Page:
READING NOTES--for Thursday's class
pp. 1-7--This provides background to the initial intervention in the DR. We covered this in class, so you should be familiar with it; if not, take a glance.
pp. 8-12--skim: ask yourself to what extent the actions of Dominican politicians could have prevented the US intervention?
pp. 12-13--"war or words" as heart of opposition; key point here, it will set up the basis for much of the 1920s debates
pp. 16-18: read closely. Obviously, there's something contradictory about the US, a democracy, imposing a "military" government. How was this maneuver justified? Do you see any tensions in the US policy? Who was making the policy--Washington or the Marines? How much freedom of action did the Dominicans have?
pp. 19-31: you can skim this section, but be prepared to answer a question with which I'll start class: what was the central policy aim of the military government?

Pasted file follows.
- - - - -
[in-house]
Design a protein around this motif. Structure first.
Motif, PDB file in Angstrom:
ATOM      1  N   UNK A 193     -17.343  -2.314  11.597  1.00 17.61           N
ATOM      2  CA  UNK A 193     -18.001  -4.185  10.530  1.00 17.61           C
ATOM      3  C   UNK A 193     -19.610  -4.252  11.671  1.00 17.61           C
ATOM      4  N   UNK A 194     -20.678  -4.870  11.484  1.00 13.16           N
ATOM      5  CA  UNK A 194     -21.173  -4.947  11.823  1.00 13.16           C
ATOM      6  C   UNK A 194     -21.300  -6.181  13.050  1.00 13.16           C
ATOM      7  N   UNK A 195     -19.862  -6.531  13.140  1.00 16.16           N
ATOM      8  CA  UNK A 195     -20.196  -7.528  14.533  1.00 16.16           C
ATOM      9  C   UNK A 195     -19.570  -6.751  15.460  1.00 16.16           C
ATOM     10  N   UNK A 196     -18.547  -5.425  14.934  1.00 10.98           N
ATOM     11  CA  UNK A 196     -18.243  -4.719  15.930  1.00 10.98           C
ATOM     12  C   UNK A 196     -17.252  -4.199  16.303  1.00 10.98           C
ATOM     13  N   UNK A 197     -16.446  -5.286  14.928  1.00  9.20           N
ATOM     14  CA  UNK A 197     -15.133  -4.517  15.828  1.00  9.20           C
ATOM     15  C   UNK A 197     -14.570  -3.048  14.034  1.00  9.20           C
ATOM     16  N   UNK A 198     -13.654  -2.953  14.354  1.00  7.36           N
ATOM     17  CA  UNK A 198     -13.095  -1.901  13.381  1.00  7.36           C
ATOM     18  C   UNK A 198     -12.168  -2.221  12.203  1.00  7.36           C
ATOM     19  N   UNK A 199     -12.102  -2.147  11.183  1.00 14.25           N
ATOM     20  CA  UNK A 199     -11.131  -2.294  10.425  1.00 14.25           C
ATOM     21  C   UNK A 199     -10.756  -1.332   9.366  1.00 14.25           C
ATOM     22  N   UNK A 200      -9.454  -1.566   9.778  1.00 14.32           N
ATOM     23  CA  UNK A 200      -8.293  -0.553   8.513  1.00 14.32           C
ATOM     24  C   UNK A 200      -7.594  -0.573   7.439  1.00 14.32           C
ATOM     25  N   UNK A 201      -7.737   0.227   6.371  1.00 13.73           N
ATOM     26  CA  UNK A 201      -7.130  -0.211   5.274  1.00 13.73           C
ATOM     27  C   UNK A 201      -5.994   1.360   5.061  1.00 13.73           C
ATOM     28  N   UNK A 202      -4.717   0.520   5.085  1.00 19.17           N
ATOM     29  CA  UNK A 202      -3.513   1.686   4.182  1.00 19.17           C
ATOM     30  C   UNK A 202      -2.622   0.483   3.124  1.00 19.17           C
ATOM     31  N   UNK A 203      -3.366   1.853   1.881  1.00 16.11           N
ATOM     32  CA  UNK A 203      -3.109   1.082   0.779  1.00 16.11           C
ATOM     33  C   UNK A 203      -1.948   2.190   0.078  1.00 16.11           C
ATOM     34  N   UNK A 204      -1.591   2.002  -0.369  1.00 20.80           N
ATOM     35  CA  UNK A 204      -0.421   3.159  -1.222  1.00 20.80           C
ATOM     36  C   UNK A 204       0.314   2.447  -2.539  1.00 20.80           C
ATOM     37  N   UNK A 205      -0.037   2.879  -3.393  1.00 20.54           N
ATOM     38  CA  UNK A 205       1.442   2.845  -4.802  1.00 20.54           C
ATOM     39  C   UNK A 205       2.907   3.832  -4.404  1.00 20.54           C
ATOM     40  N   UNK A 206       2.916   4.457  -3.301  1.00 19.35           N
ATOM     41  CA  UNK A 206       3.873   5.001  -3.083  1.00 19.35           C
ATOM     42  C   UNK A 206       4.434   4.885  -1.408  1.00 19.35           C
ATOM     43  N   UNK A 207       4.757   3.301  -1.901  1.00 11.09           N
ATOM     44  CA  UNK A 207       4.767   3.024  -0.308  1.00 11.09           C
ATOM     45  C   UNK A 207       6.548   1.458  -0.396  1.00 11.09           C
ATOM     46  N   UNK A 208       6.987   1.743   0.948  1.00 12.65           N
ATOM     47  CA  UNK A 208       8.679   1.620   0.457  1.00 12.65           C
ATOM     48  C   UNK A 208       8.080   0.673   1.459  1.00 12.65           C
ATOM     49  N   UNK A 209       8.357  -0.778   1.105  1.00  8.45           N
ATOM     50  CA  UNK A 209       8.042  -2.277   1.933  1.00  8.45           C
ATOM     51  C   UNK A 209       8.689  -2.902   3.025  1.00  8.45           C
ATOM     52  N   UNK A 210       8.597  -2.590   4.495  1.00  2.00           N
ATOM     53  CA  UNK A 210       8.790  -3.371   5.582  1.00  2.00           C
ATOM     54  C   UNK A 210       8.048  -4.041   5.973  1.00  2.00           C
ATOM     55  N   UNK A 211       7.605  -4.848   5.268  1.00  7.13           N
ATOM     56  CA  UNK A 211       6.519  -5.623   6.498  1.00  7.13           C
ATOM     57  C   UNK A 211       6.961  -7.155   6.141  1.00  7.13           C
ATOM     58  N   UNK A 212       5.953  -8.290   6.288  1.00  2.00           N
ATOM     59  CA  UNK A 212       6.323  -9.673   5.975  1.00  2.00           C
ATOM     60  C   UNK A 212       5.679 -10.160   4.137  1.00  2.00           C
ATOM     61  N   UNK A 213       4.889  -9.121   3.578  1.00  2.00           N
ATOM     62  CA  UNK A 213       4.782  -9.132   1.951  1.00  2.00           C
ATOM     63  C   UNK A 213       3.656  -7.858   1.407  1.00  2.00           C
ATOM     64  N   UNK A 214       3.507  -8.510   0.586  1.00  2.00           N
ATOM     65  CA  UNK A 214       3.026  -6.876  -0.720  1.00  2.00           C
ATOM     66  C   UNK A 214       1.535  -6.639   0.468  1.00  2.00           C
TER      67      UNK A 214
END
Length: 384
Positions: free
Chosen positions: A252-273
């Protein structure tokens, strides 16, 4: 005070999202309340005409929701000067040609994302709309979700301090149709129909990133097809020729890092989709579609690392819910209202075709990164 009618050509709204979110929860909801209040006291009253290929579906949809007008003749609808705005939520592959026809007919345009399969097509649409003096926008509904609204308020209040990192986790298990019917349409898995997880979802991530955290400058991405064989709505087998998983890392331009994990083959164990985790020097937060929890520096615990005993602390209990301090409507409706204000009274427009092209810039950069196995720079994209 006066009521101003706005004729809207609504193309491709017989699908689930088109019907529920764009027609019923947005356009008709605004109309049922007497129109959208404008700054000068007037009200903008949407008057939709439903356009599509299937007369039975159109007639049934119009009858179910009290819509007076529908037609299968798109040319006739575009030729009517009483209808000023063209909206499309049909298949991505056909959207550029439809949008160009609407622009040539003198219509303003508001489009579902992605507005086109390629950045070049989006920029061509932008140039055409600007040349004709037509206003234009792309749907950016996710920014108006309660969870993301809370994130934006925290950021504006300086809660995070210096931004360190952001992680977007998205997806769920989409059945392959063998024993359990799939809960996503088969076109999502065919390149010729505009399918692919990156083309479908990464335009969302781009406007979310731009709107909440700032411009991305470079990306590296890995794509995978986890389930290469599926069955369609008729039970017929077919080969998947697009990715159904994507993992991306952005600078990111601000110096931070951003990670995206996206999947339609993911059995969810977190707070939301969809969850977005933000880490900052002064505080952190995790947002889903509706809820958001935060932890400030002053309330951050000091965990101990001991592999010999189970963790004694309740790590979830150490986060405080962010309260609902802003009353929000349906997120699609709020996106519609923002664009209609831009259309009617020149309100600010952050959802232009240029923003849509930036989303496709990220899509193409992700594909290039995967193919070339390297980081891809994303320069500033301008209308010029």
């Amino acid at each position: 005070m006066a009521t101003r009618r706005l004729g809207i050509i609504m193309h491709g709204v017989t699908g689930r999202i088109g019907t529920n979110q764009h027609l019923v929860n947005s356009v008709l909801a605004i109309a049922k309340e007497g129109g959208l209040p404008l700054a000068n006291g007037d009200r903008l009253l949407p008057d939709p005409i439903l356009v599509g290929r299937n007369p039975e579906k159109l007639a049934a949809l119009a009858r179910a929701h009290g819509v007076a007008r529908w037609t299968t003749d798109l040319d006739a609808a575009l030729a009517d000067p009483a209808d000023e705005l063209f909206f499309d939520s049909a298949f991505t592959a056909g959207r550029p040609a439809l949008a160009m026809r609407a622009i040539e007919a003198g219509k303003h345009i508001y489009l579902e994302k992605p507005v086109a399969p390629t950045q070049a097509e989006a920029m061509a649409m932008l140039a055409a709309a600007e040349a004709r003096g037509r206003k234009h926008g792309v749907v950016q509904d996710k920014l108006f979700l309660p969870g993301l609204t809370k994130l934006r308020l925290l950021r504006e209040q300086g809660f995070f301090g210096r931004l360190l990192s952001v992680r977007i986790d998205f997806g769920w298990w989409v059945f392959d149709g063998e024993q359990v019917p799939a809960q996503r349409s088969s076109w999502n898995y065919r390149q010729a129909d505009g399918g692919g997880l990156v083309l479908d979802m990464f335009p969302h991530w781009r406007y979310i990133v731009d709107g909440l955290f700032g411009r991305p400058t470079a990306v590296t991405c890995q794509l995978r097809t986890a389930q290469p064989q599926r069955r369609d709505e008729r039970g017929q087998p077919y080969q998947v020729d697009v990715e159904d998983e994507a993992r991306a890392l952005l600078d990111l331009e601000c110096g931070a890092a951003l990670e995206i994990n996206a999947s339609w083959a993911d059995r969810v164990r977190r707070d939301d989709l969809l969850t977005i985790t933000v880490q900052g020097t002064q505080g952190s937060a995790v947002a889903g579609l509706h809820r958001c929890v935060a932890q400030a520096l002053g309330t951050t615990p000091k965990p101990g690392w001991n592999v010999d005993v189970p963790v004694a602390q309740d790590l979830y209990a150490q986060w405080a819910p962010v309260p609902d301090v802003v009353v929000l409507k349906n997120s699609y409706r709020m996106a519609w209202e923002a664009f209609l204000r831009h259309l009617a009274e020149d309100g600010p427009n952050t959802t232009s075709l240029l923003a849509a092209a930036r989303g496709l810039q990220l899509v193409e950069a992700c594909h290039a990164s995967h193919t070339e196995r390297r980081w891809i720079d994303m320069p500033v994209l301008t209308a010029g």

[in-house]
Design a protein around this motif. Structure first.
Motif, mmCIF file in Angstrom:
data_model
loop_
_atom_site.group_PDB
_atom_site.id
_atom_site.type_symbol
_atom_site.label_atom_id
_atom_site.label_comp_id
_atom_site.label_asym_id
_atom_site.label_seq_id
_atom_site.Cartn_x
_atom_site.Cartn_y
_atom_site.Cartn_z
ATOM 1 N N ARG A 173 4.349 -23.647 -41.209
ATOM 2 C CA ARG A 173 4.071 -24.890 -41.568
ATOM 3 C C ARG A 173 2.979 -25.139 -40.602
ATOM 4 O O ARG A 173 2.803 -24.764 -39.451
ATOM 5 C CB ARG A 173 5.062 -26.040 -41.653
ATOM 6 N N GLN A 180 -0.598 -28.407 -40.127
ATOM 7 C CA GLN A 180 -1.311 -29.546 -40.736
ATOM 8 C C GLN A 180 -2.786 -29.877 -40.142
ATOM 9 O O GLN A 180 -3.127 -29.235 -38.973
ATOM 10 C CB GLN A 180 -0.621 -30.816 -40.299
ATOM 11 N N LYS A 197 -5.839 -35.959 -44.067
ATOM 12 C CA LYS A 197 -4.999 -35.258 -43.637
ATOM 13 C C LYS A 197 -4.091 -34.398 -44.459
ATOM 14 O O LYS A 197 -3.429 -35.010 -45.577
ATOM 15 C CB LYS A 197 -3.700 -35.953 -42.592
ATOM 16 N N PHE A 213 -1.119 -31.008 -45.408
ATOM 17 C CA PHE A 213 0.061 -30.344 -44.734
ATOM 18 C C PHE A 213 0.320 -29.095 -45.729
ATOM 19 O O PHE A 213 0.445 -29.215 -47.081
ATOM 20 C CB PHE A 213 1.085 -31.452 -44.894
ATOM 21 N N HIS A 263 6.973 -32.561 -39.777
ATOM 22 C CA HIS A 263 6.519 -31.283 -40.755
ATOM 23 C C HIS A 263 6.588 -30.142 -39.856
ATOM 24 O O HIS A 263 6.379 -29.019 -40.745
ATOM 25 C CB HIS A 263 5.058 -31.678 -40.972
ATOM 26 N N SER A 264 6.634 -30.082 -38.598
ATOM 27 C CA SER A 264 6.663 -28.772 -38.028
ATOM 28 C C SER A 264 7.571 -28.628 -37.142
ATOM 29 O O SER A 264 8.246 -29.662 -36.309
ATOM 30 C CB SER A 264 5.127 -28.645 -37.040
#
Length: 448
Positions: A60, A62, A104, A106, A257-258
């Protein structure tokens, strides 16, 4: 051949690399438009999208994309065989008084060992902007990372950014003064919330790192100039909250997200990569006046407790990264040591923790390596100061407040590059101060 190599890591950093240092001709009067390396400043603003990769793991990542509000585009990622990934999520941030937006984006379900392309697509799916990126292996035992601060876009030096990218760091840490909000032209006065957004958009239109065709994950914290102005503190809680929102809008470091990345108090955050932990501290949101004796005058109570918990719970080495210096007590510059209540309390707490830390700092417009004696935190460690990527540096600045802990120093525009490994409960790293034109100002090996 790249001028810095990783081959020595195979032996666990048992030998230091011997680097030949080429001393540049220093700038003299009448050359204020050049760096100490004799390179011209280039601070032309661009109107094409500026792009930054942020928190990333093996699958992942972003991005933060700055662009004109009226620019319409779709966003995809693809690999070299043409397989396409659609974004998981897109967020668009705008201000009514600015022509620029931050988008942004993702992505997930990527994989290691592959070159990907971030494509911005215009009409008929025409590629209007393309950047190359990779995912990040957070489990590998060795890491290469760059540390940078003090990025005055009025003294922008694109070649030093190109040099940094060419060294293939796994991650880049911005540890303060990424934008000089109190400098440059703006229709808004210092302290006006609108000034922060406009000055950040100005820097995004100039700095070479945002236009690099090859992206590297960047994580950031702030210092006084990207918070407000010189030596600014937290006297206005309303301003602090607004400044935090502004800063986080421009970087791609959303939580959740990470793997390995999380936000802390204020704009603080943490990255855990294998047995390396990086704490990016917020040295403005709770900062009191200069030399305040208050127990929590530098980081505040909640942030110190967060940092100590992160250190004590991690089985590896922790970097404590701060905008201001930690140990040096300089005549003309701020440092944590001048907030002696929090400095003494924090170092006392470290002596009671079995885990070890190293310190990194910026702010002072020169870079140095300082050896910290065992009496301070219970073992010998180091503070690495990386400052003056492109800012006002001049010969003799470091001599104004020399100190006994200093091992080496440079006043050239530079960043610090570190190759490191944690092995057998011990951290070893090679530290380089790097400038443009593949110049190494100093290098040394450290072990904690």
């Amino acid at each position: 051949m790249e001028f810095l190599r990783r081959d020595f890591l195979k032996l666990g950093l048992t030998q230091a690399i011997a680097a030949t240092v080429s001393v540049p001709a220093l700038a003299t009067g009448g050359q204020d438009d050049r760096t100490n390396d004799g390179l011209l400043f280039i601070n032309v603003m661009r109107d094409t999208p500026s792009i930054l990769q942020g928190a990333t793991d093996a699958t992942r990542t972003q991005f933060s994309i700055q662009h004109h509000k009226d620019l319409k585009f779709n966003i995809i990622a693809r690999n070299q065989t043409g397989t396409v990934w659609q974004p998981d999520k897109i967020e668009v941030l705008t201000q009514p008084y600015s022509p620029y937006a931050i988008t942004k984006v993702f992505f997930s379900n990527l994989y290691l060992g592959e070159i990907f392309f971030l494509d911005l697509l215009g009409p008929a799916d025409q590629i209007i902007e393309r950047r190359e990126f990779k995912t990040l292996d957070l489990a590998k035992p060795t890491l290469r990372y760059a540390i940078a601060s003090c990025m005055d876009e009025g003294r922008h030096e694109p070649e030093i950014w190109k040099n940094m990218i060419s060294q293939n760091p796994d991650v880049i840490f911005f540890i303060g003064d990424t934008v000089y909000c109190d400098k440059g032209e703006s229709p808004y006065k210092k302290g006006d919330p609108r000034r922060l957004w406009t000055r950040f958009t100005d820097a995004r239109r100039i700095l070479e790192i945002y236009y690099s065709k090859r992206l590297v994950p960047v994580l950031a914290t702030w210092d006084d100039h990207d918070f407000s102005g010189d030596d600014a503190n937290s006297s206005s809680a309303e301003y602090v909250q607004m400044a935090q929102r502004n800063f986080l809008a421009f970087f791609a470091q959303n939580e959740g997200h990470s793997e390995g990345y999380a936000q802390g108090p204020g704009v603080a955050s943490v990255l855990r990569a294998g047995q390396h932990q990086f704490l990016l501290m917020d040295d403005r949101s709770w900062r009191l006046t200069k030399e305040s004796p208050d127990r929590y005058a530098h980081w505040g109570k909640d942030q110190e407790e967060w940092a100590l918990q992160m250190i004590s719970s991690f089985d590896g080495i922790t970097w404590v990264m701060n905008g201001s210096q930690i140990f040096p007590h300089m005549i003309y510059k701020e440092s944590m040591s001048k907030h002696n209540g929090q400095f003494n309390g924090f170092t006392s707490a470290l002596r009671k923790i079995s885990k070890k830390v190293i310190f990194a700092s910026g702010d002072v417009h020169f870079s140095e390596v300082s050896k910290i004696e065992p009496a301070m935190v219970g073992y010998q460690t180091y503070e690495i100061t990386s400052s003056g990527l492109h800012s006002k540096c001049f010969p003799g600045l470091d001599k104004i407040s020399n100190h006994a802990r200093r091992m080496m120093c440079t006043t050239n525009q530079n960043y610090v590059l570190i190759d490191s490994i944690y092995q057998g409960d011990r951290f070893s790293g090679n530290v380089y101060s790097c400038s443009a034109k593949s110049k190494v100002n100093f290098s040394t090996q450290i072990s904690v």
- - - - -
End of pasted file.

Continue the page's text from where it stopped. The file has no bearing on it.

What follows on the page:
pp. 183-193: what caused the revival of the nationalist campaign? To what extent did the nationalists benefit from the emergence of Wilsonianism? And who exactly had the power in the postwar DR?
pp. 193-199--You can skim this. Union Nacional Dominicana--how impt were these splits within the nationalist movement? to what extent is what we were witnessing somethin akin to civil disobedience movements?
pp. 199-204: critical section; read very closely. What explains the emergence of an international campaign on behalf of the DR? Have we seen anything like this before in this course?
pp. 204-212: you can skim, provided you understand the differences--and similarities--between the Wilson and Harding Plans for withdrawal.
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